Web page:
When I was a senior in high school, I got the once-in-a-rarity opportunity to interview my favorite author. I grew up reading Robert Liparulo’s teen fiction in junior high. In fact, when the books were coming out, I remember actually having fights with my friends over who got to read the next one first. One particular instance involved me throwing Whirlwind on the table between my two friends as they both dove for it, pleading to the others’ humanity, bribing each other for the chance to read it first.
Anyway, the following interview was turned in for my senior writing class, now resurrected here on my blog:
Robert Liparulo is the bestselling Christian author of the widely acclaimed teen fiction Dreamhouse Kings series, as well as his adult fiction such as Comes a Horseman, Germ, and his adult series The Immortal Files.
As a creative writing student and a Christian YA author wannabe—not to mention a huge fan of Liparulo’s works—I immediately wanted to try meeting with him for an interview assignment. We worked out a time through email, and I had the privilege to meet with him via Skype Saturday night. Mr. Liparulo was extremely nice and a blast to talk to—very warm and friendly, and he had a great laugh!
This year has been a crazy rollercoaster of responsibility and opportunity. I’m just now recovering from what’s been the busiest school year of my life.
First on the To-Do List… My studio art roommate urged me to participate in the local ADDY Awards this year with her. She suggested I submit the video spot I did on Josiah Vogel and his pyrography, so I grit my teeth together and paid the entry fee, hoping I wasn’t going to have to eat Ramen the next six months for nothing (kidding, guys, kidding. I only eat Ramen…often…ish….)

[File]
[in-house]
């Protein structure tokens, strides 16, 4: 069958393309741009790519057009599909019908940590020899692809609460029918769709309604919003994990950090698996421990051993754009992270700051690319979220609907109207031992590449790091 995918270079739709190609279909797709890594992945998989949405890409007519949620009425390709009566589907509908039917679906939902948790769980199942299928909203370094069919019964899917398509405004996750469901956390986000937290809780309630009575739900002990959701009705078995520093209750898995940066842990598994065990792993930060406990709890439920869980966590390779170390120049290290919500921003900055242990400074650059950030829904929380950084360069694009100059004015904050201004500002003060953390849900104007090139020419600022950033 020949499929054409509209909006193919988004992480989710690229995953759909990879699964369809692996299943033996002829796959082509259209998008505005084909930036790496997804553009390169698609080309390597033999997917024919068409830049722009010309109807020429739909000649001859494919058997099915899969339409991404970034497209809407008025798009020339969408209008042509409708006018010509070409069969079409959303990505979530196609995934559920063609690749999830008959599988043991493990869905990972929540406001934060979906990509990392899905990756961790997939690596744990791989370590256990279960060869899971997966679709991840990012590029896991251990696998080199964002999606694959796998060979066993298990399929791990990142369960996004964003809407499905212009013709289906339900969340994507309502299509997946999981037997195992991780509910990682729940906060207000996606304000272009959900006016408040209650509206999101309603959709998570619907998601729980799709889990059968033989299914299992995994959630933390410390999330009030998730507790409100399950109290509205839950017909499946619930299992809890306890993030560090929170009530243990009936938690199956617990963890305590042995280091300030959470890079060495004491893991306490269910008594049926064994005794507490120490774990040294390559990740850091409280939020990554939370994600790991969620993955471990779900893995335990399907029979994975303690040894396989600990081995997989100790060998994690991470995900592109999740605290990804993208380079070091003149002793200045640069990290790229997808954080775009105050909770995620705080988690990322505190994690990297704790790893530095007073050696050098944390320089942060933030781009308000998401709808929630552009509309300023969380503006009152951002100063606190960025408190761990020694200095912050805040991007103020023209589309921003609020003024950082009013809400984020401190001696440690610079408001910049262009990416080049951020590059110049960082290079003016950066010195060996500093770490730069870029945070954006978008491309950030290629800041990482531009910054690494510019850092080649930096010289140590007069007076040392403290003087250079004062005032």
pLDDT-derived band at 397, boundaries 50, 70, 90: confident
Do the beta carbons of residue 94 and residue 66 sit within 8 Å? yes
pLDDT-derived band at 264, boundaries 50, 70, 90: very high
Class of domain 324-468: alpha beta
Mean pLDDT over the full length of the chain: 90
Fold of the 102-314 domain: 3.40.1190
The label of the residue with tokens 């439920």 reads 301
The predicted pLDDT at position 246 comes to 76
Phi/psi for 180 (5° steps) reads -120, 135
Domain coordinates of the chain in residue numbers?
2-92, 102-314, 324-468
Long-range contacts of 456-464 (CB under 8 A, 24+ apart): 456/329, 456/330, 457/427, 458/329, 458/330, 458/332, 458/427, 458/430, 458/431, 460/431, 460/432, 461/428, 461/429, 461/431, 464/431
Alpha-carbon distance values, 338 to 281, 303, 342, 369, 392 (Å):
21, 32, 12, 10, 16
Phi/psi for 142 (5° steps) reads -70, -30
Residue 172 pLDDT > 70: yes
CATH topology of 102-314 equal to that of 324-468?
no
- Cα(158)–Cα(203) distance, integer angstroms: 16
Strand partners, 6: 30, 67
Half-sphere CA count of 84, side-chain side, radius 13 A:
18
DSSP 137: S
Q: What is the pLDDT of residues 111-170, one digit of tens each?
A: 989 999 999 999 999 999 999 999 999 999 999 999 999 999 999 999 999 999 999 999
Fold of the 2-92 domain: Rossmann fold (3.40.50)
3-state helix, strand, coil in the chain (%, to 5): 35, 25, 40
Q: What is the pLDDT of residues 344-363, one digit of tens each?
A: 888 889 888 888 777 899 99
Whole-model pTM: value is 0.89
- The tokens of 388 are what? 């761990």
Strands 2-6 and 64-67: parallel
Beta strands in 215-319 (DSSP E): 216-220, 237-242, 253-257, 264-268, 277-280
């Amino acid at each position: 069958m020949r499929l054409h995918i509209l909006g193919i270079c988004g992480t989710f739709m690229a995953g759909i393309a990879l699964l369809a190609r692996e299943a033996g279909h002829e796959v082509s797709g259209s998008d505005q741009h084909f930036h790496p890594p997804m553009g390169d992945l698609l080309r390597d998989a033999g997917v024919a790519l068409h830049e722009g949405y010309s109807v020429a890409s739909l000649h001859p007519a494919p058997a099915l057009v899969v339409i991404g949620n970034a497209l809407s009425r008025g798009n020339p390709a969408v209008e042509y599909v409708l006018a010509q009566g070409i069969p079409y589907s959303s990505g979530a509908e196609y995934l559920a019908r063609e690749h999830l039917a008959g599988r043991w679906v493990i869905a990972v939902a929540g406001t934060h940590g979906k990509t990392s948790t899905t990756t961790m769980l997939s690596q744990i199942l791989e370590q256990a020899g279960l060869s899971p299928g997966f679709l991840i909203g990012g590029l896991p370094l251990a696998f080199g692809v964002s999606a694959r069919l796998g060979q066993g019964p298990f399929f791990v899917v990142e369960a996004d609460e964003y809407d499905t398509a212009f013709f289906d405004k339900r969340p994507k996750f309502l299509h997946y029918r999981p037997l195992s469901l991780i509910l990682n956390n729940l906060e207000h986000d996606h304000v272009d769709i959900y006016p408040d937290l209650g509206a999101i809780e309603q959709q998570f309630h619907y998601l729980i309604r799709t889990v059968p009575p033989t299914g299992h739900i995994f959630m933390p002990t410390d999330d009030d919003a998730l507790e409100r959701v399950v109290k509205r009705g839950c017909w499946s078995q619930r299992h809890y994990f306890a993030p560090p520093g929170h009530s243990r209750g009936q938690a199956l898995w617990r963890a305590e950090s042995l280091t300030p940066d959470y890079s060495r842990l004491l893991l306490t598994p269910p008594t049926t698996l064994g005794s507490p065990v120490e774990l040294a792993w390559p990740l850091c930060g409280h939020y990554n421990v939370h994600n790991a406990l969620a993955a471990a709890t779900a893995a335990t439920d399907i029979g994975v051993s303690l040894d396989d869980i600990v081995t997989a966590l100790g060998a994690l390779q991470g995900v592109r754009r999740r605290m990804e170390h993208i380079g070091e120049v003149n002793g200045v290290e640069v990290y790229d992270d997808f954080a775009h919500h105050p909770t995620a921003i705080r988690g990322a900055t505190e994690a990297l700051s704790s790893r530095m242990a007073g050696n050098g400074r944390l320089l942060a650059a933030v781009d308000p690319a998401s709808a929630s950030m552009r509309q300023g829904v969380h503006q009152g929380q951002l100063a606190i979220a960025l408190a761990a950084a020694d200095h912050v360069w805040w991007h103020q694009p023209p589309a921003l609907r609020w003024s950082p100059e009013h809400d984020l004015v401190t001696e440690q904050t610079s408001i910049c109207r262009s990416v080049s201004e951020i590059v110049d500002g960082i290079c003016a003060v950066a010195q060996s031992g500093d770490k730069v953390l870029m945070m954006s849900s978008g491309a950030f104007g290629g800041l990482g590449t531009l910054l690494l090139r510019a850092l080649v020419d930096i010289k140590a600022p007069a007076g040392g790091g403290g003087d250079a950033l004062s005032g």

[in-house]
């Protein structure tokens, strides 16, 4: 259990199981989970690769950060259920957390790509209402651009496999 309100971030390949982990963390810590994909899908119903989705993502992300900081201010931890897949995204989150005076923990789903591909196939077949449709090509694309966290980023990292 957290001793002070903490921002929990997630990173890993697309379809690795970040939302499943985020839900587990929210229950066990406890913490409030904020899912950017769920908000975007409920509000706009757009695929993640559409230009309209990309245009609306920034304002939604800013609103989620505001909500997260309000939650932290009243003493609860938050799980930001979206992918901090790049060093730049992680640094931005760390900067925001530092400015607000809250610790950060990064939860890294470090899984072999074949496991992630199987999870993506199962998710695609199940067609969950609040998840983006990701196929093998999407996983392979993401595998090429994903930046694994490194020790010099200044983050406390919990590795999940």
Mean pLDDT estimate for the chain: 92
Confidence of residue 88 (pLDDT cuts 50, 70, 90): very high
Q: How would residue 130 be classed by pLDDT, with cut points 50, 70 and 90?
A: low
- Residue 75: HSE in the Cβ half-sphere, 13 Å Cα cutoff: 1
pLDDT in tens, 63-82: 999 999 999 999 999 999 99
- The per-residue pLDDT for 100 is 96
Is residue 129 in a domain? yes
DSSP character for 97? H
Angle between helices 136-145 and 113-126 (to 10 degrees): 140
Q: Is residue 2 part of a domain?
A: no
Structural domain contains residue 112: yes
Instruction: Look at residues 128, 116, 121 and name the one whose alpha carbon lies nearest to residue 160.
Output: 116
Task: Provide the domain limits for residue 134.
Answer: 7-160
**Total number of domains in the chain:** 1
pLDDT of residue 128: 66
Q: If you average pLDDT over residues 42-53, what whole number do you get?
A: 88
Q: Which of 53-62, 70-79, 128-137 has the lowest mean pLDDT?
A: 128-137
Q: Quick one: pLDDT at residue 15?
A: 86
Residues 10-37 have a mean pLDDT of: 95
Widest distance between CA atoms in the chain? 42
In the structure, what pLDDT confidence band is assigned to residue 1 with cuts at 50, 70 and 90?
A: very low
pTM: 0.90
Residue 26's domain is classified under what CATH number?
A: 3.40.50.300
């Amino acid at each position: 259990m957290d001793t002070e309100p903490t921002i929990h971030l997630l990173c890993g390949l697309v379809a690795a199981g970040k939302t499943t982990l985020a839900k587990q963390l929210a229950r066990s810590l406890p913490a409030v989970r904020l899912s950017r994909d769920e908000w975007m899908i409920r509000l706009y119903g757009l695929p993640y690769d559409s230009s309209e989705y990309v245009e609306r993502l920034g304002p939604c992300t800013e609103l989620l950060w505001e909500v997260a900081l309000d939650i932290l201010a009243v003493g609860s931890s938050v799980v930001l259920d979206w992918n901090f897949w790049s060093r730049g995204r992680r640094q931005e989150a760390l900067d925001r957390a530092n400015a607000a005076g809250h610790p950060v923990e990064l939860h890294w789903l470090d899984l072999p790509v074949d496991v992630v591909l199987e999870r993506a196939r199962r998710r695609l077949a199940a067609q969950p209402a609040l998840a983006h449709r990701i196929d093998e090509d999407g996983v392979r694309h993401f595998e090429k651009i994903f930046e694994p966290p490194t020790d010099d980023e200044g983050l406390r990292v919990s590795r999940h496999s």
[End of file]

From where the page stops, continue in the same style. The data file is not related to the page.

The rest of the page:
So this spring when the awards were announced, my roommate and I eagerly looked through the winners’ names, slightly disappointed we couldn’t find our names. We shrugged as we put my laptop aside, trying not to let each other know how disappointed we were.
Then the next day my classmate congratulated me.
“For what?” I asked, slightly bewildered as I gathered my things to leave after the bell. My mind ran through the things she could possible be referring to, but none of the options seemed big enough to warrant a congratulations.
“Your ADDY Award,” she explained, the slightly flicker of doubt crossing her bright eyes. “You did that video on Mr. Vogel, right?” Continue reading →
I had the opportunity to write an article for the Connection Newspapers about three teenagers awarded for their upstanding characters and public acts of service during McLean Day, a community fair held on May 19, 2018. For the online version, click here.
I grew up having dyslexia, and as a result, I struggled reading simple words like “cat” because of the dozens of spelling variations that came with it. Though, while I struggled, my mom read every book she could find on the so-called disability and helped me understand that it wasn’t as hindering as people make it out to be. Now I study professional writing in college and hope to publish my own novel one day.